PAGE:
Calcineurin inhibitors demonstrate versatility

March 1, 2005

Aruba — Along with improved safety over topical steroids, calcineurin inhibitors appear to offer relief for a variety of skin conditions including pruritus and psoriasis, especially in sensitive areas, according to Joseph F. Fowler, Jr., M.D., clinical professor, University of Louisville"s Division of Dermatology.

Aruba - Along with improved safety over topical steroids, calcineurin inhibitors appear to offer relief for a variety of skin conditions including pruritus and psoriasis, especially in sensitive areas, according to Joseph F. Fowler, Jr., M.D., clinical professor, University of Louisville's Division of Dermatology.

In the latter area, a recent study shows pimecrolimus (Elidel, Novartis) provides fairly rapid relief. The study includes more than 170 children ages 2 to 17. Half of the children were given pimecrolimus twice daily for seven days while the other half received a placebo.

"Within about three days of initiating treatment there was a significant difference between the pimecrolimus and the vehicle as far as improvement in itching. And that continued throughout the course of the study (US08 - data on file, Novartis, Inc.)," Dr. Fowler says.

European psoriasis study With respect to psoriasis, a small European study suggests oral doses of 40 mg or 60 mg daily may be effective. In particular, researchers tested these doses on a total of eight patients and found they achieved 60 percent and 75 percent improvement in Psoriasis Area and Severity Index (PASI) scores, respectively (Rappersberger K et al. J Invest Dermatol. 2002;119(4):876-87.).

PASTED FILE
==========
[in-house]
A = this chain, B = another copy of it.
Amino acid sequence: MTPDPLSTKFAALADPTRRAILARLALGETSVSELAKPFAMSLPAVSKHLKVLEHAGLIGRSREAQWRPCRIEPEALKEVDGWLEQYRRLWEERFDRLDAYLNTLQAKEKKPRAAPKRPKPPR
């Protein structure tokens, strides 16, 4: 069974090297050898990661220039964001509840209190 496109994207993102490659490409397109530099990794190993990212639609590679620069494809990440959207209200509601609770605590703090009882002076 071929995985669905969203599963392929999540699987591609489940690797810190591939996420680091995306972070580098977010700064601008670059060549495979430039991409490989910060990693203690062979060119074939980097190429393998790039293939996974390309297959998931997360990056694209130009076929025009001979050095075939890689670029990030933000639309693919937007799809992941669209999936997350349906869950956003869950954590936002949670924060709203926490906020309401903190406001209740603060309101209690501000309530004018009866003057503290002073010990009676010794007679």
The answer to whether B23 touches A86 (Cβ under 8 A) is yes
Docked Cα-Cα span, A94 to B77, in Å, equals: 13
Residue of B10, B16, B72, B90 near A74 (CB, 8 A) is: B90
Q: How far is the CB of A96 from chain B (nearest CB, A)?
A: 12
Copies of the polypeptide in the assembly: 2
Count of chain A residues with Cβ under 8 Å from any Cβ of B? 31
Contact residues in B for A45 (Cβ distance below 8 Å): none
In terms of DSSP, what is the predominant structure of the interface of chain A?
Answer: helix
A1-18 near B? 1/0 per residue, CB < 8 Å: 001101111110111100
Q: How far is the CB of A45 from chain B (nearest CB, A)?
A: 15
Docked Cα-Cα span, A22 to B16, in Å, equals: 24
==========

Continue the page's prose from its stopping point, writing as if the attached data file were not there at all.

The study, furthermore, found no significant changes in blood pressure between the two groups, nor any difference in blood lymphocyte subpopulations as measured by flow cytometry.

"It was a very small, limited study," Dr. Fowler observes. "So its findings will need to be confirmed with much larger studies."

Treating sensitive areas Both pimecrolimus and tacrolimus (Protopic, Fujisawa) have been shown to be very useful for treating psoriasis in sensitive skin areas such as the face and groin. One placebo-controlled, blinded study of tacrolimus 0.1 percent for psoriasis involving 167 adults with facial or intertriginous psoriasis found that after eight weeks' treatment, 65 percent of patients in the tacrolimus group achieved clear or almost clear status, versus 31 percent in the vehicle group (p<0.001; Lebwohl et al. J Am Acad Dermatol. 2004;51(5):723-30.).

By the same token, a blinded, vehicle-controlled study of pimecrolimus involving 57 patients with moderate to severe intertriginous psoriasis showed that after eight weeks, 71 percent of patients in the pimecrolimus group were clear or almost clear versus 21 percent in the vehicle group (p<0.001; Gribetz C. et al. J Am Acad Dermatol. 2004;51(5):731-738.).

"These drugs are very suitable for long-term use," Dr. Fowler adds. "That's where their strength lies, because if they have none of the potential side effects that topical steroids can have, both pimecrolimus and tacrolimus are safer in the long term."

Elidel Nevertheless, Elidel contains about 5 percent propylene glycol, which sometimes can cause allergic reactions when applied to the skin. To examine whether this would be the case, Dr. Fowler and his colleagues conducted a soon-to-be-published study involving patients whom they knew from previous studies were allergic to the chemical. After patch testing with small amounts of the cream, patients applied Elidel cream twice daily to the inside of their elbows for one week.

"We wanted to see if there was enough propylene glycol in Elidel cream to cause those people to have a skin reaction. Out of 20 that we tested, only three had a reaction, and all those were very mild, such as slight itching and redness. It showed that even if you think a person is allergic to propylene glycol, it's probably safe to use Elidel most of the time. We didn't expect too many people to have a problem with it, and this confirms that expectation, although it might be somewhat surprising to the general dermatologist who doesn't do as much with skin allergies," he says.